Hello. Sign In
Standards Store


1986 Edition, January 1, 1986

Complete Document

Prediction and control of re-radiation in MF broadcasting

Detail Summary

Active, Most Current

Price (USD)
Single User
In Stock
PDF + Print
In Stock
$35.00 You save 30%
Add to Cart

Product Details:

Description / Abstract:



When the radiated field from a broadcast transmitting installation intercepts a metallic structure, currents are induced in that structure and it radiates a second field which adds vectorially to the original. This is known as re·radiation.

Re-radiating structures

Sound broadcasting at MF normally involves vertical radiators, usually insulated at the base, over an extensive conductive earth screen composed of many radial wires. Vertical metallic structures of appreciable height (about 15% or more of a wavelength) in the vicinity of such transmitting antennas may cause re-radiation problems. Typical structures include masts, towers, tall chimneys or heavy industry complexes. High-rise buildings may also be troublesome sources. However, the most common re-radiation hazard is high tension power transmission lines which use steel towers. It is normal on such lines to attach one or two "sky wires" to each tower, running parallel to and above the power conductors, so as to afford protection from lightning and to disperse any destructive currents present from either a lightning stroke or a fault involving the power conductors. The towers and sky wires, together with their images in the earth, form loops which tend to be one-wavelength resonant somewhere in the lower part of the MF band and two-wavelength resonant in the upper part. The power conductors themselves have little effect on the re-radiation.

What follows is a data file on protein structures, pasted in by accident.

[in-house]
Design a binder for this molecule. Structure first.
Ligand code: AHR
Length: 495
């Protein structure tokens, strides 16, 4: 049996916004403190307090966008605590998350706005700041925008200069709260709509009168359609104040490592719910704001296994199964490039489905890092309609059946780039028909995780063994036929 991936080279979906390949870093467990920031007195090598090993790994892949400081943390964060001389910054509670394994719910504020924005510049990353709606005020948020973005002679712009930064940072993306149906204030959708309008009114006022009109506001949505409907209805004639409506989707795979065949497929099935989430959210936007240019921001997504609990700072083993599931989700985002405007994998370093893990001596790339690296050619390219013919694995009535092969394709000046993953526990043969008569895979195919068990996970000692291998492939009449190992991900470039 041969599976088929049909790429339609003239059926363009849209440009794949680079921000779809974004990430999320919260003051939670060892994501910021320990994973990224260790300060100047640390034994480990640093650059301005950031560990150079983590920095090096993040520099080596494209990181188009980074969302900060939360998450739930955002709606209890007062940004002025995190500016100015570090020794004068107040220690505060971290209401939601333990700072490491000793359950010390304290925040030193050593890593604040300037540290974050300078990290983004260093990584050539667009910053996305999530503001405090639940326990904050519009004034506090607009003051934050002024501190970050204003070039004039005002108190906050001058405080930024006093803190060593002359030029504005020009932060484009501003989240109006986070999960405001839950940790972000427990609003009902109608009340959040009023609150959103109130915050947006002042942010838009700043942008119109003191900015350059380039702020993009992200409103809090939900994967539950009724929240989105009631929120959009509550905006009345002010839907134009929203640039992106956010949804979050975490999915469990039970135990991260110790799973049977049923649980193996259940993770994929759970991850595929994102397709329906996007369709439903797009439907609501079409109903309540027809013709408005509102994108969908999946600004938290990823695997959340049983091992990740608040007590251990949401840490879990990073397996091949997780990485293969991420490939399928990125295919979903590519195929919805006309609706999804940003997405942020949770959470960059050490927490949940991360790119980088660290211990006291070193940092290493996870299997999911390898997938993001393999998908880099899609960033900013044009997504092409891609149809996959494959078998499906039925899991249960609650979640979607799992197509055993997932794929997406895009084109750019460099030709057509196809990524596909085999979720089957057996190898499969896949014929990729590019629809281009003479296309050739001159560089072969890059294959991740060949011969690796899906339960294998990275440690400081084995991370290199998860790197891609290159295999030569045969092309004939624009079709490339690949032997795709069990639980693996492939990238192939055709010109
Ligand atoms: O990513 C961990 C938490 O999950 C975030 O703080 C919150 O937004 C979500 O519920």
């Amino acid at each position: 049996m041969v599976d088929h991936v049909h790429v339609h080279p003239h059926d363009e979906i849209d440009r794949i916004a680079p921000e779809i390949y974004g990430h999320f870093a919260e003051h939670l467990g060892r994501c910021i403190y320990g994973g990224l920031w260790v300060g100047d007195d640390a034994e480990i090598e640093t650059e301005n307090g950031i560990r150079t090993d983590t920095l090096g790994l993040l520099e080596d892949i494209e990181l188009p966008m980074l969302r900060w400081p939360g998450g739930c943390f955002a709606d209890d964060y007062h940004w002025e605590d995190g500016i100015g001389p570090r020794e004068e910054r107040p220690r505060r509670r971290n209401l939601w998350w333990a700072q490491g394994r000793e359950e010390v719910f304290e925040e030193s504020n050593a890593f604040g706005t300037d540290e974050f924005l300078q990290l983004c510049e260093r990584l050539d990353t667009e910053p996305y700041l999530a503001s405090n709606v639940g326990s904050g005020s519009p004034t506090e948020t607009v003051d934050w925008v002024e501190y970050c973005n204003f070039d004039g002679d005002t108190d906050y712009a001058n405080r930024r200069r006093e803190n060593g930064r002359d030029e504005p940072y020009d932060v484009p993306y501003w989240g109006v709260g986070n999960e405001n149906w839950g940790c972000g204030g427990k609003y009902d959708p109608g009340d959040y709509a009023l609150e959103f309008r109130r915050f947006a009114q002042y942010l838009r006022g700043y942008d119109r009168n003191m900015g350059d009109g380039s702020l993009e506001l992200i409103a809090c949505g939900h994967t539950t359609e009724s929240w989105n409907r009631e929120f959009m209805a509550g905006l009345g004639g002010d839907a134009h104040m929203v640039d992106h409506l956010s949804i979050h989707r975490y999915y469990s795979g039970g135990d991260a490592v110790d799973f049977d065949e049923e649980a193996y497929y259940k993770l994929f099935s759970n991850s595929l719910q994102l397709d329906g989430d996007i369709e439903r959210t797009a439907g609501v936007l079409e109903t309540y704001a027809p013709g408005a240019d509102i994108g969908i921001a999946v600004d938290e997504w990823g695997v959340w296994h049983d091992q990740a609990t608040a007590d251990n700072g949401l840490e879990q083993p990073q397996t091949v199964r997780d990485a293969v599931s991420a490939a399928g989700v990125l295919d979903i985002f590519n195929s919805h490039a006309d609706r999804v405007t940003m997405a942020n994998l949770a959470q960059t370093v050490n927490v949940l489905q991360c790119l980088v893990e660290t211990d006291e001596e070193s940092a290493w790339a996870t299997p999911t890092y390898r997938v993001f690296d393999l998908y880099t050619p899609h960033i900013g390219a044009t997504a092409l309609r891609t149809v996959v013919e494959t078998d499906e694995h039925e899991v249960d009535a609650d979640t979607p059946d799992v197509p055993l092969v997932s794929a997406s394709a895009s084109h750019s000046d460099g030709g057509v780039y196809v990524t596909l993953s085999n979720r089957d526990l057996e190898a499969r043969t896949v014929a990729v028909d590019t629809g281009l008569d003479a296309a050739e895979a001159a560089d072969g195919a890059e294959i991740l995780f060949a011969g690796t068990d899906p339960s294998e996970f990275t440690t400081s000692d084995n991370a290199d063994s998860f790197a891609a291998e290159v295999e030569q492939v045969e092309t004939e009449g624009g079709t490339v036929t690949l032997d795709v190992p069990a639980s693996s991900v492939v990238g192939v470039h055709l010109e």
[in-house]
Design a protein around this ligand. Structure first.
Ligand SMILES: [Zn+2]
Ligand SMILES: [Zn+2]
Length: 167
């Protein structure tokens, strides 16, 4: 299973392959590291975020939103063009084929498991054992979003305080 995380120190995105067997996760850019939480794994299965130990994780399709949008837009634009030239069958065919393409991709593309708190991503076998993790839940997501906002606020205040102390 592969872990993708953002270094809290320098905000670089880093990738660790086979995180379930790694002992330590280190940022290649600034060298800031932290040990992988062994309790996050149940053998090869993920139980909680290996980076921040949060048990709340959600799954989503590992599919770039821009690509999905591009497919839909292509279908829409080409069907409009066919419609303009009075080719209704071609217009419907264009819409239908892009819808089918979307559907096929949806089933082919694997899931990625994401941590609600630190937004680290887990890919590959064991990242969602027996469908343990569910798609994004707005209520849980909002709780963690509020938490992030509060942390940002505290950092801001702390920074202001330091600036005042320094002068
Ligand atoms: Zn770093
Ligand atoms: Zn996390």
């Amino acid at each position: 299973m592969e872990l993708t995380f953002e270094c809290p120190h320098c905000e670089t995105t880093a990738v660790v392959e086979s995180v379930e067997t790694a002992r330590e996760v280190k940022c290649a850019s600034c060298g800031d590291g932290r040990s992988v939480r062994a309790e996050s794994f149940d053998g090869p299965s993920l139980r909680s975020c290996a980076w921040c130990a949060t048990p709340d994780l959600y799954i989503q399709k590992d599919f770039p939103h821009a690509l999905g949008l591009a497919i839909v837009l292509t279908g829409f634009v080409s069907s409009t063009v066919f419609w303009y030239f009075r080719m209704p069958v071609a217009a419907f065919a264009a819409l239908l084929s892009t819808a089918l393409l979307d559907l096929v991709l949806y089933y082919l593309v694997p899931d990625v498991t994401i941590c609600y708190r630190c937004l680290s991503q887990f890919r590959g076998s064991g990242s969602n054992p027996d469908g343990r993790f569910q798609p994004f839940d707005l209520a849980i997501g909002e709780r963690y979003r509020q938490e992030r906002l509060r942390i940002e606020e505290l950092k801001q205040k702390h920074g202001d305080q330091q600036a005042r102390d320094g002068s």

Survey results

In Canada, about three-quarters of MF stations employ directional arrays.

A survey conducted in 1976 indicated that 28% of the respondents had suffered re-radiation problems and a further 25% were anticipating them. Steel-tower power lines were the chief offenders, with masts, tall buildings, smoke stacks and industrial complexes also mentioned. Costs of correction had varied from $1000 to $500 000 and in three instances the transmitter site had to be abandoned. One station anticipating problems for a new critical array required measures which involved the following: broadcast consultant - 5 days; station staff - 30 days; power utility engineers - 6 days; and riggers and linemen - 40 days [DOC, 1985].